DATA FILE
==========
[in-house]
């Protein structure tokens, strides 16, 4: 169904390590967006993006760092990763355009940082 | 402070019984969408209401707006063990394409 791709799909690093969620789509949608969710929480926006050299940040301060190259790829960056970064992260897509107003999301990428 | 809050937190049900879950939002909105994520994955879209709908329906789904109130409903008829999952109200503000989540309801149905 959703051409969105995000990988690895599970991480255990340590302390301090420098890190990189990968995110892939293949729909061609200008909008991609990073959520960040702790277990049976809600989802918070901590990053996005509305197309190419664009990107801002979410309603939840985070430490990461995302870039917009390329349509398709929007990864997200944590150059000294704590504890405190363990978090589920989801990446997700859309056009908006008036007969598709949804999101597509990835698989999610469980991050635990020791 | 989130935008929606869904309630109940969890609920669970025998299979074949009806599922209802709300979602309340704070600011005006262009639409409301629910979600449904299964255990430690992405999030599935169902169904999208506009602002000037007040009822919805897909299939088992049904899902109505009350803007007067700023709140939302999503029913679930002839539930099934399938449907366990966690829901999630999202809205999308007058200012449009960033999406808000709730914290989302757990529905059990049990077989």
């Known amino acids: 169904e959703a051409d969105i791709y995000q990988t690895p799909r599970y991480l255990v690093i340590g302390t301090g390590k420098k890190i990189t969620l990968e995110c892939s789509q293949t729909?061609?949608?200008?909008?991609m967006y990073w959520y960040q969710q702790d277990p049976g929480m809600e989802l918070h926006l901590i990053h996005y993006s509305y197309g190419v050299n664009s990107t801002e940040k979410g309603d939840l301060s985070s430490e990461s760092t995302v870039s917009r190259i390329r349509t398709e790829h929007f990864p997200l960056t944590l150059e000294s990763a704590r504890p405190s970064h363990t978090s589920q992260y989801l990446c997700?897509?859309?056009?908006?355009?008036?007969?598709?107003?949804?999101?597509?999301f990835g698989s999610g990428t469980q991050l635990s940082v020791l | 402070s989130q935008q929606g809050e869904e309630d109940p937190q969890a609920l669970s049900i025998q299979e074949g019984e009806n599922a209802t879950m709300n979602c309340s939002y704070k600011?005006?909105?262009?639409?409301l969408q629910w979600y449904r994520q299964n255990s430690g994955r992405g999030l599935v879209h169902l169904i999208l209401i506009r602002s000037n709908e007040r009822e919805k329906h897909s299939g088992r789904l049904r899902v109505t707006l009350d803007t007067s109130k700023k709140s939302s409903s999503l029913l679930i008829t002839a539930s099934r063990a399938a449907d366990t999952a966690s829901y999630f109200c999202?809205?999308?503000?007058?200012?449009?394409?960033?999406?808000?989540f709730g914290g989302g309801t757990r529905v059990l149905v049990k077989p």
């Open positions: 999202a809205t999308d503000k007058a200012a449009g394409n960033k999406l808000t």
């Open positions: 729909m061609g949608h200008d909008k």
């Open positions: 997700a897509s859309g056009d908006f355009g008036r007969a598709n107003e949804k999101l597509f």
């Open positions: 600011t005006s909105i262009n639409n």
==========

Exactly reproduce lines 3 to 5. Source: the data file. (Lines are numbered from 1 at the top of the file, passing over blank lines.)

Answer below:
């Known amino acids: 169904e959703a051409d969105i791709y995000q990988t690895p799909r599970y991480l255990v690093i340590g302390t301090g390590k420098k890190i990189t969620l990968e995110c892939s789509q293949t729909?061609?949608?200008?909008?991609m967006y990073w959520y960040q969710q702790d277990p049976g929480m809600e989802l918070h926006l901590i990053h996005y993006s509305y197309g190419v050299n664009s990107t801002e940040k979410g309603d939840l301060s985070s430490e990461s760092t995302v870039s917009r190259i390329r349509t398709e790829h929007f990864p997200l960056t944590l150059e000294s990763a704590r504890p405190s970064h363990t978090s589920q992260y989801l990446c997700?897509?859309?056009?908006?355009?008036?007969?598709?107003?949804?999101?597509?999301f990835g698989s999610g990428t469980q991050l635990s940082v020791l | 402070s989130q935008q929606g809050e869904e309630d109940p937190q969890a609920l669970s049900i025998q299979e074949g019984e009806n599922a209802t879950m709300n979602c309340s939002y704070k600011?005006?909105?262009?639409?409301l969408q629910w979600y449904r994520q299964n255990s430690g994955r992405g999030l599935v879209h169902l169904i999208l209401i506009r602002s000037n709908e007040r009822e919805k329906h897909s299939g088992r789904l049904r899902v109505t707006l009350d803007t007067s109130k700023k709140s939302s409903s999503l029913l679930i008829t002839a539930s099934r063990a399938a449907d366990t999952a966690s829901y999630f109200c999202?809205?999308?503000?007058?200012?449009?394409?960033?999406?808000?989540f709730g914290g989302g309801t757990r529905v059990l149905v049990k077989p």
């Open positions: 999202a809205t999308d503000k007058a200012a449009g394409n960033k999406l808000t």
């Open positions: 729909m061609g949608h200008d909008k």